Clinton's North Korea trip spurs hope – and unease – in Asia

Bill Clinton spoke to Kim Jong-il about detained South Koreans and missing Japanese citizens. But N. Korea's neighbors are skeptical of any move away from six-party framework for dialogue.

By , Correspondent of The Christian Science Monitor

Bill Clinton's successful rescue mission to North Korea has stirred relief, hope, and a measure of unease in Asian capitals that are grappling with the risk posed by an unpredictable nuclear-armed neighbor.

By using a diplomatic back channel to obtain the release of two jailed American reporters, the Obama administration has shown that it wants to be flexible in its pursuit of reduced tensions. But some critics – with an eye to years of unfruitful six-party talks – have warned that the US must be wary of paving the way for dialogue that could sidestep the North's neighbors.

That skepticism may be warranted, though much depends on what message, if any, Mr. Clinton brings back to the Obama administration, says Daniel Pinkston, an analyst in Seoul, South Korea, for the International Crisis Group. But knocking the visit as detrimental to regional diplomacy is a stretch, given that six-party talks are in hiatus and relations are so frayed.

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"The situation is already so bad that I don't think that this visit could make it worse," he says.

Still, US allies in Asia are seeking reassurances that the US isn't giving into North Korean demands for bilateral nuclear-disarmament talks. So far, US officials have publicly resisted, arguing that North Korea should return to the six-party talks that bring together China, Japan, Russia, the US, and North and South Korea. That stance has been welcomed by negotiating parties, who were told in advance of the visit.

Clinton's brief stop in Pyongyang made him the highest-level US visitor since President Carter in 1994. That was a propaganda coup for North Korean leader Kim Jong-Il, who is in poor health and trying to ensure his succession, according to experts on the secretive regime.

Mr. Kim spiked tensions in the region when he conducted a nuclear test in May and unleashed subsequent missile launches.

Playing into Kim Jong-il's hands?

Some critics in South Korea, which is wary of a US diplomatic end-run around it, have sniped at Clinton for playing into Mr. Kim's hands. In an editorial, conservative daily Joong Ang warned that the US and other nations must "avoid the mistakes of the past, when they blindly pursed dialog and ended up falling right into the hands of the North."

As the chair of the six-party talks, China welcomes US calls to restart the negotiations, says Shi Yinhong, a professor of international relations at Renmin University in Beijing.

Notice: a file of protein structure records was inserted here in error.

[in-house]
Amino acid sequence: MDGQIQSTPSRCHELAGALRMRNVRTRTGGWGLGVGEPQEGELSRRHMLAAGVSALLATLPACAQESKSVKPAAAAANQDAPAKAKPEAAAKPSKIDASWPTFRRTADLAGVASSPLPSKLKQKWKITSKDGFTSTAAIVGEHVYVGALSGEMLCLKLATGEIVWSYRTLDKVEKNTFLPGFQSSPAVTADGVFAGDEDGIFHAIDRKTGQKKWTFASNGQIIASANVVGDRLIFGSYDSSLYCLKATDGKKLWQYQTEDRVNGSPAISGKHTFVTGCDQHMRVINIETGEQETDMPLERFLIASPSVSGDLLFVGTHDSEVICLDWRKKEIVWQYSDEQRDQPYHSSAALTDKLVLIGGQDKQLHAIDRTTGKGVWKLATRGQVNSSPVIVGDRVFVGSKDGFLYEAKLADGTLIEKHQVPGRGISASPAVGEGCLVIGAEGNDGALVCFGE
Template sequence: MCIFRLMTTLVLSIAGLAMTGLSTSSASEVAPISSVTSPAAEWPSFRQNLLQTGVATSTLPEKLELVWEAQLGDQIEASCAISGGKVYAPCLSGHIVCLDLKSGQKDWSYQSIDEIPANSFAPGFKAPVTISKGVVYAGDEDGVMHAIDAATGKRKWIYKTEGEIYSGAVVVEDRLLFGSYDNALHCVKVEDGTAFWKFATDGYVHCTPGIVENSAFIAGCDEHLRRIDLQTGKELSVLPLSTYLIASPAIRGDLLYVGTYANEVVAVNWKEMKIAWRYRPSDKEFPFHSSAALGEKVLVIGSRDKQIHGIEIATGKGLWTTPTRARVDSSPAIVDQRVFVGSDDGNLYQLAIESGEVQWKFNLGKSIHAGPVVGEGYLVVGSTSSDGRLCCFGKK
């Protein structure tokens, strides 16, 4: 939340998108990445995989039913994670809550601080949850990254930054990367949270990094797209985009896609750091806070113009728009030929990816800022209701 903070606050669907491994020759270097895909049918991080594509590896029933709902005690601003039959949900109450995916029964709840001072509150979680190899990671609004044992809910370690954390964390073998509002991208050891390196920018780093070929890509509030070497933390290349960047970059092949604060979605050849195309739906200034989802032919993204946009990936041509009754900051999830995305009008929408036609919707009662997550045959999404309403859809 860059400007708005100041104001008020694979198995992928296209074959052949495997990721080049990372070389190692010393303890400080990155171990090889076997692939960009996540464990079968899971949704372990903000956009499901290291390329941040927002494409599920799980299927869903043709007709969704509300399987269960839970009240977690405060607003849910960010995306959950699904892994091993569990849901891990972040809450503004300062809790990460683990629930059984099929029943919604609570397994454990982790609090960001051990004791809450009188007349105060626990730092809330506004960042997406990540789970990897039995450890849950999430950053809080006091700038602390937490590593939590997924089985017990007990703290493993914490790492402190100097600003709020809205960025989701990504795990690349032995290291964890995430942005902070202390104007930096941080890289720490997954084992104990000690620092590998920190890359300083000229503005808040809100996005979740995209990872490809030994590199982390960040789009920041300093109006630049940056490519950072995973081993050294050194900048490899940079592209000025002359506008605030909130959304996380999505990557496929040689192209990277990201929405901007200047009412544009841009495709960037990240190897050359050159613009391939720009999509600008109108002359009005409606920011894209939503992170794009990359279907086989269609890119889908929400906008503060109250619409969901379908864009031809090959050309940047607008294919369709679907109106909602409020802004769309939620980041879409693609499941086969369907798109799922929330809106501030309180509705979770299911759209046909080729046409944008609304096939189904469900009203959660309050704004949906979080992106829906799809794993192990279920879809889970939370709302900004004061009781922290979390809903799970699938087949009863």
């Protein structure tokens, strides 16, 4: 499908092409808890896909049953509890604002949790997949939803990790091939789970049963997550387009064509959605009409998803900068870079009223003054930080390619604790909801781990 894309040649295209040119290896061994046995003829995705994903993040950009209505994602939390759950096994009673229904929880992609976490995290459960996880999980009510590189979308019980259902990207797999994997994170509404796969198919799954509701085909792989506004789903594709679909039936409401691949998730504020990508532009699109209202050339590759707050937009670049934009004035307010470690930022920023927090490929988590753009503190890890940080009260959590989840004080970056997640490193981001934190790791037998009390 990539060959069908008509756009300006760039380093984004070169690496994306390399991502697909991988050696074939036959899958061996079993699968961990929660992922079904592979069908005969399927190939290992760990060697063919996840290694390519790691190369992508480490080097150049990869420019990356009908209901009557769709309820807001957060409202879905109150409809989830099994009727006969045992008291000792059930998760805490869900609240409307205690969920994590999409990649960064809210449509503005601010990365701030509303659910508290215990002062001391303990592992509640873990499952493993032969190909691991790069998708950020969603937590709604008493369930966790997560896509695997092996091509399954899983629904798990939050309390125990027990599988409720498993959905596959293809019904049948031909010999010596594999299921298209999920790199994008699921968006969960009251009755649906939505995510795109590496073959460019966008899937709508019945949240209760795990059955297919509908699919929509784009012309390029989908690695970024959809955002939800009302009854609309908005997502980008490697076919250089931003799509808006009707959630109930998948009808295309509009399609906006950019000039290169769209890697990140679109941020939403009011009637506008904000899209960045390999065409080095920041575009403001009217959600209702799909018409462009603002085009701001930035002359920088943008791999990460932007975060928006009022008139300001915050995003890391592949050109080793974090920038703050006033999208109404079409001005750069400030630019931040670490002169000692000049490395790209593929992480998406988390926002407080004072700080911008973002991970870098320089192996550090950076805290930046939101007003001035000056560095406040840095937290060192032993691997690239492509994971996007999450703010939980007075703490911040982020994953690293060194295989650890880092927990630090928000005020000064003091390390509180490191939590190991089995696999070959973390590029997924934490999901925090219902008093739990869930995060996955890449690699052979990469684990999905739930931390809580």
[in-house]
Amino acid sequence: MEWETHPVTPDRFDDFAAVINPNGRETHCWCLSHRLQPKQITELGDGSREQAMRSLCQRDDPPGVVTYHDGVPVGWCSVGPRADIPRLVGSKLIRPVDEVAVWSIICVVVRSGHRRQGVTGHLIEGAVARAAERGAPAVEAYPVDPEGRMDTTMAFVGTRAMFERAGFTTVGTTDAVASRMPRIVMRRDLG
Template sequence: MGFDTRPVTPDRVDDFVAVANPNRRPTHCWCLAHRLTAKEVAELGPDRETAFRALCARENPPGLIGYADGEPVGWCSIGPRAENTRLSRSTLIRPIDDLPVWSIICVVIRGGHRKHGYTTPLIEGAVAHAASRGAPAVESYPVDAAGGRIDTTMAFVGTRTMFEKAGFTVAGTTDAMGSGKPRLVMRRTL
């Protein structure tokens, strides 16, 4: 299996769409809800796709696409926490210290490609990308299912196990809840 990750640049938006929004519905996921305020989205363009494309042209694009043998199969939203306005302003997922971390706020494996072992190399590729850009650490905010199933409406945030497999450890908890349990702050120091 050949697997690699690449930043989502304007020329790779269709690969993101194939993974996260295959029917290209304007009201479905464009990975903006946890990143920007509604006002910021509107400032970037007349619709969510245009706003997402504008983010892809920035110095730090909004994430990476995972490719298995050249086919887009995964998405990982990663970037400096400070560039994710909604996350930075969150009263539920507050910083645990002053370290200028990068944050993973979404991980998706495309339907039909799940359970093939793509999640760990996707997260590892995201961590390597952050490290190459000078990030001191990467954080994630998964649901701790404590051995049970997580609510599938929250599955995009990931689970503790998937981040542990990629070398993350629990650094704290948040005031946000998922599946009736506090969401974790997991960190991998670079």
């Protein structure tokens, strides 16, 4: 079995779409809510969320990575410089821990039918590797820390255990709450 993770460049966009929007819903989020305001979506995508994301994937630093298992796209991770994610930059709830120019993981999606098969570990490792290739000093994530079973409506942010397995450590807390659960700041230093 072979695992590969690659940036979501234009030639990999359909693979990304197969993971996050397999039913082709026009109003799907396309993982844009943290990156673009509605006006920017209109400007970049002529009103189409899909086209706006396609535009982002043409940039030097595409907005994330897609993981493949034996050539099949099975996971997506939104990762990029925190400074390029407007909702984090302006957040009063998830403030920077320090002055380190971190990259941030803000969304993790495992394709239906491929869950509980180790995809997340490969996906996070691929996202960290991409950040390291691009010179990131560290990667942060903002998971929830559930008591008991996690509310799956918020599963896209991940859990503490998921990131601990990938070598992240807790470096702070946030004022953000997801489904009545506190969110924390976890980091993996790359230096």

He says China is also wary of being "marginalized" by any bilateral track between the US and North Korea, particularly at a time when it is being pressed to apply stricter UN sanctions to North Korea.

In an editorial, China's state-owned Global Times welcomed Clinton's visit, but cautioned that the diplomatic goal must be the revival of six-party peace talks.

"That goal can only be realized if the US and North Korea make sincere, substantial efforts," it said.

While Beijing wants North Korea back at the negotiating table, it won't squeeze its impoverished ally over its bad behavior, says Chris McNally, an expert on China at the East-West Center in Honolulu. Using economic sanctions as leverage runs contrary to Beijing's priorities during a period of uncertainty in North Korea.

"China hold several aces but doesn't want to play them because it fears the collapse of North Korea more than anything else, so will continue to send food and energy," he says.

Underscoring the high stakes in North Korea, Japan marked the anniversary Thursday of the US atomic attack on Hiroshima in 1945.

In a speech, the city's mayor praised President Obama for saying that the US had a moral duty to seek a nuclear-free world.

Abducted Japanese, detained S. Koreans

For Japan, the "special pardon" given to Laura Ling and Euna Lee, the two US reporters arrested in March on the China-North Korea border, is bittersweet.

In the 1970s and 1980s, North Korea abducted at least 13 Japanese citizens, of which five were later allowed to return to Japan after a brief détente in 2002. Doubts over the fate of the others, whom Pyongyang said had died, have stirred intense public anger in Japan toward North Korea.

Takeshi Akamatsu, a spokesman for Japan's Foreign Ministry, says that Clinton had raised the issue on Japan's behalf during his meeting with Kim.

"We are thankful for the action taken by the American side. For Japan, we will strengthen our efforts to resolve the abductees issue," he says.

Clinton also asked for the return of a South Korean fishing boat and its crew that strayed into North Korean waters last week, according to reports from Seoul.

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